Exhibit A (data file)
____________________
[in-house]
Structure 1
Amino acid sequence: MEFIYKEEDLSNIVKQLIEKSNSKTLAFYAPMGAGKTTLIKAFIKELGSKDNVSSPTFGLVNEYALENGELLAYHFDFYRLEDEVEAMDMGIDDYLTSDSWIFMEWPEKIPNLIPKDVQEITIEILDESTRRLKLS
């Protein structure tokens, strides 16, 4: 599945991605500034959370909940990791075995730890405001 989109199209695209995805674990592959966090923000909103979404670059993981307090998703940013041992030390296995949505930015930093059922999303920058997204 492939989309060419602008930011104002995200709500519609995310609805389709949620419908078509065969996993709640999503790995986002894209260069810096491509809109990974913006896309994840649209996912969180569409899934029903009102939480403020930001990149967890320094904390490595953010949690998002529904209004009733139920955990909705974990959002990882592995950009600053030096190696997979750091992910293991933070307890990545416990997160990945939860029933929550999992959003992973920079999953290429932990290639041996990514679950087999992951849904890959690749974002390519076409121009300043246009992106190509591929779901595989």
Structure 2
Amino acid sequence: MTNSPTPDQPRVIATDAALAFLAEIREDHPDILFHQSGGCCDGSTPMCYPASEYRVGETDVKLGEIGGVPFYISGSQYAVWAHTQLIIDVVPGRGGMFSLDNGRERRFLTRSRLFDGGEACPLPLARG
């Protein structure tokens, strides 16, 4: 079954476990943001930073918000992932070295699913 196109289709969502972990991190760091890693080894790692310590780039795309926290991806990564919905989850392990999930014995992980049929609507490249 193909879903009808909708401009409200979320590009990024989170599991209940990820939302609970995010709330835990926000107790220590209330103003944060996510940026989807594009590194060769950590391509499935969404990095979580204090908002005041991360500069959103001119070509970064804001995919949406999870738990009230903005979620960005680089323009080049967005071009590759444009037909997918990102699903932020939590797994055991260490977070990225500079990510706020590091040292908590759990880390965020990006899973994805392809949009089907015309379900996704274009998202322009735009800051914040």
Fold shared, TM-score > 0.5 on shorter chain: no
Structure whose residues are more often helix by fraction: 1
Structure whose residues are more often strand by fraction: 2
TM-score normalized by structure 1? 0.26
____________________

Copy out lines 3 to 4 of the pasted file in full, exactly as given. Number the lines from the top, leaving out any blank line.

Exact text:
Amino acid sequence: MEFIYKEEDLSNIVKQLIEKSNSKTLAFYAPMGAGKTTLIKAFIKELGSKDNVSSPTFGLVNEYALENGELLAYHFDFYRLEDEVEAMDMGIDDYLTSDSWIFMEWPEKIPNLIPKDVQEITIEILDESTRRLKLS
């Protein structure tokens, strides 16, 4: 599945991605500034959370909940990791075995730890405001 989109199209695209995805674990592959966090923000909103979404670059993981307090998703940013041992030390296995949505930015930093059922999303920058997204 492939989309060419602008930011104002995200709500519609995310609805389709949620419908078509065969996993709640999503790995986002894209260069810096491509809109990974913006896309994840649209996912969180569409899934029903009102939480403020930001990149967890320094904390490595953010949690998002529904209004009733139920955990909705974990959002990882592995950009600053030096190696997979750091992910293991933070307890990545416990997160990945939860029933929550999992959003992973920079999953290429932990290639041996990514679950087999992951849904890959690749974002390519076409121009300043246009992106190509591929779901595989």